Shortcut: Becoming a Strategic Listener
Listening to a recording is different than listening to people speaking to you in reality. In real life, you can ask people to slow down or to use other words. Of course, that does not work with a CD! Here is some advice on what you should do when listening to a recorded text.
Use the same strategies you use for reading. Look at the title, the illustrations and the introduction.
First you need to know why you are listening. Examples:
- If you listen for the main idea, write down only the most important things you hear.
- If you are going to do tasks afterwards, read the tasks before you listen.
- If you need to know all the facts, stop the recording while you listen so that you can write down as much as possible.
Remember that you can listen as many times as you need. You can also stop the track to make notes.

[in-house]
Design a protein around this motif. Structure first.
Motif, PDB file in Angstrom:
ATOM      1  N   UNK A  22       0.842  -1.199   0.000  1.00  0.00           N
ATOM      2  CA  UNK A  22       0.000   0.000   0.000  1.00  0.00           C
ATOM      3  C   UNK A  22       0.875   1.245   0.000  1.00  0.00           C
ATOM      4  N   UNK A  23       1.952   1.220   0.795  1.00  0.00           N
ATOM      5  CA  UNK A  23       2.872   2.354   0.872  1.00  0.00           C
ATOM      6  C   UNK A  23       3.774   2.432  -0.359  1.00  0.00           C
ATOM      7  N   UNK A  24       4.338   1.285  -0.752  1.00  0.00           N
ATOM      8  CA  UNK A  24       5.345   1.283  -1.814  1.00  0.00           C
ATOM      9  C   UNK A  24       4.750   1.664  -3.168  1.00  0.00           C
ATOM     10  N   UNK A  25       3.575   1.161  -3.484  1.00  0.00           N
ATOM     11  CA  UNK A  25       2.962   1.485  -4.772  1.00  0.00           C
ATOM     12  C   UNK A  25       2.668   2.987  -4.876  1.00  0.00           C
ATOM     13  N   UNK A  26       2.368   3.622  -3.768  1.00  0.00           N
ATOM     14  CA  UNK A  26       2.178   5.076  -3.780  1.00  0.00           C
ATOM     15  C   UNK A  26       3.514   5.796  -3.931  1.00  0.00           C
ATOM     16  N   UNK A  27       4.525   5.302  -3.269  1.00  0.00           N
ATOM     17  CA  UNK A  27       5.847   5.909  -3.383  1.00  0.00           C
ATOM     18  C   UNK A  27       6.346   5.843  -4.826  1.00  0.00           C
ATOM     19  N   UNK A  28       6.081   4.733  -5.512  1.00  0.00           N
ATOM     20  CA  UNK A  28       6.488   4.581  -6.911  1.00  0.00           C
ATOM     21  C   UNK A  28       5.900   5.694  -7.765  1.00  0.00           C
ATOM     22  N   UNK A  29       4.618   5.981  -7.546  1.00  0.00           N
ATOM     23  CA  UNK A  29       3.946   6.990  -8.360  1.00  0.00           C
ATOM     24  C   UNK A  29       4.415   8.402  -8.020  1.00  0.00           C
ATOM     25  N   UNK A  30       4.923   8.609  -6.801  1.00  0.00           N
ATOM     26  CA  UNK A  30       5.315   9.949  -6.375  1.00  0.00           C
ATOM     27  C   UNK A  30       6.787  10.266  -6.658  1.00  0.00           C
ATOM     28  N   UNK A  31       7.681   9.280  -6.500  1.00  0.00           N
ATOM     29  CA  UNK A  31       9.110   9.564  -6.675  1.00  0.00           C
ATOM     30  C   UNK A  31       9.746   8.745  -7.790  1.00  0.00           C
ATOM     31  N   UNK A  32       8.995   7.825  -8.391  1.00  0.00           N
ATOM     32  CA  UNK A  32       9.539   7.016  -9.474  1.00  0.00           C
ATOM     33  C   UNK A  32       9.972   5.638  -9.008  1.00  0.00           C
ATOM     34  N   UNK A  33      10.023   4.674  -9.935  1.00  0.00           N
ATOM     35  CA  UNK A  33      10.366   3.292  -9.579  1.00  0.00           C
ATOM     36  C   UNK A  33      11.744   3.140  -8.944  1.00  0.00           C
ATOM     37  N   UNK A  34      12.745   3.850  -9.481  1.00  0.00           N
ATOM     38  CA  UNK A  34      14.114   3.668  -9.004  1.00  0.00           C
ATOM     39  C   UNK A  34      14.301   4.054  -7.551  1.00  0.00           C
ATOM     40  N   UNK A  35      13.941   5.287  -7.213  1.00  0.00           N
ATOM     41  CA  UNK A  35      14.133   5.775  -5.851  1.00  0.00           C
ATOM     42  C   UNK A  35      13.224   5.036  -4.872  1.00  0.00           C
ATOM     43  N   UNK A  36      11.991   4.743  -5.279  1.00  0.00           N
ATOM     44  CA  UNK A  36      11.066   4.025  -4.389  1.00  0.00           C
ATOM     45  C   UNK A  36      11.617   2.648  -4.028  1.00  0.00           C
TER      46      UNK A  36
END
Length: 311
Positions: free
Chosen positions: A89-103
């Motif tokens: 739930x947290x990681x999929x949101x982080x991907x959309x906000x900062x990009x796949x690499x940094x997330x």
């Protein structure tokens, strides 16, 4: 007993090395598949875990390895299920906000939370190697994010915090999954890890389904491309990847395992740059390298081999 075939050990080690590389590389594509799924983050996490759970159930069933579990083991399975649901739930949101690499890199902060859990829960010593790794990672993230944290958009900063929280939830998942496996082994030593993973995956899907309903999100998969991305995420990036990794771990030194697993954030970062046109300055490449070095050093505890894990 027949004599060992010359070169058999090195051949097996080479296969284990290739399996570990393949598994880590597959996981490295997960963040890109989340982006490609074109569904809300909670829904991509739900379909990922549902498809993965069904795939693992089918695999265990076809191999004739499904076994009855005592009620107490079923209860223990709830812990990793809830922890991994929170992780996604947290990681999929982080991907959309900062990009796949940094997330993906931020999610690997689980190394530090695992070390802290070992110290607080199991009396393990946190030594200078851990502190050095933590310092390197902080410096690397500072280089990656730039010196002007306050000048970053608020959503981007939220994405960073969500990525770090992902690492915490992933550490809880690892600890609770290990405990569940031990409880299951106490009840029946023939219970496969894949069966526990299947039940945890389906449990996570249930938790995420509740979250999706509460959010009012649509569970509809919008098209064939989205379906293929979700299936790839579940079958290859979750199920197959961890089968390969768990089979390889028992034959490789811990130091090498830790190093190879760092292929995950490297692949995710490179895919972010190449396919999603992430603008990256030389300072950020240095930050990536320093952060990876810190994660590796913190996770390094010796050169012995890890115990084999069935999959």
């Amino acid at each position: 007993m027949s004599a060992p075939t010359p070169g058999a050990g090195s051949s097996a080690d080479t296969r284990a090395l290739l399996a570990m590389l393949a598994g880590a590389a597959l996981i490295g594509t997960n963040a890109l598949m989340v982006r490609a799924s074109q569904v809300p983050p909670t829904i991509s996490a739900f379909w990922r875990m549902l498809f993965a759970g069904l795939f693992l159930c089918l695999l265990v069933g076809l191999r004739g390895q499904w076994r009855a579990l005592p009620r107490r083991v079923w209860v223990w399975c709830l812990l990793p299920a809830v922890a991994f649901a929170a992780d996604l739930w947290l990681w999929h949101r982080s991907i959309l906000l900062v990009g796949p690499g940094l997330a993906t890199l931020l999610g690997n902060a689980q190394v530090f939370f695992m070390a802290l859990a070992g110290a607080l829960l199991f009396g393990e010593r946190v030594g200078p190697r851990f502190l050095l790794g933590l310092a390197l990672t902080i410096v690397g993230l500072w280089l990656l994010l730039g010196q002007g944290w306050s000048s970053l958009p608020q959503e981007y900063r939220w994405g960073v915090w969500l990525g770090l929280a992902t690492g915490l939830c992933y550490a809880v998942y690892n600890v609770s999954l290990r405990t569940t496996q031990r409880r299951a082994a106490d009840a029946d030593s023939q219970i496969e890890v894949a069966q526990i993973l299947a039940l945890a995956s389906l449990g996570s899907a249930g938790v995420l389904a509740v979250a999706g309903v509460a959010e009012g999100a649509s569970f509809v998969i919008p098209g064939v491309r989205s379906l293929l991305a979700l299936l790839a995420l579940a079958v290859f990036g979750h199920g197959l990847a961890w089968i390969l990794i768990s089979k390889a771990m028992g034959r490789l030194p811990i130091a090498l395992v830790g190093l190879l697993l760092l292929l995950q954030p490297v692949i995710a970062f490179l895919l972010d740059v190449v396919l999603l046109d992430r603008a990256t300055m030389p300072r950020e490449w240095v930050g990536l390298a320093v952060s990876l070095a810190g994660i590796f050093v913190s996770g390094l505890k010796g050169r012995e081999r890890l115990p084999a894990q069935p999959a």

Listen carefully for:
- Words that are easy to confuse with other words, such as is and was, his and hers, did and didn’t
- Words that are repeated. They are usually important words.
- The speaker’s feelings. Does he or she seem angry or sad, for example?
- Linking words, such as but or however.
Take notes while you listen:
- First, only the most important things.
- Only key words, never whole sentences.
- Each idea on a separate line.
Check you notes. What new things have you learned about the topic?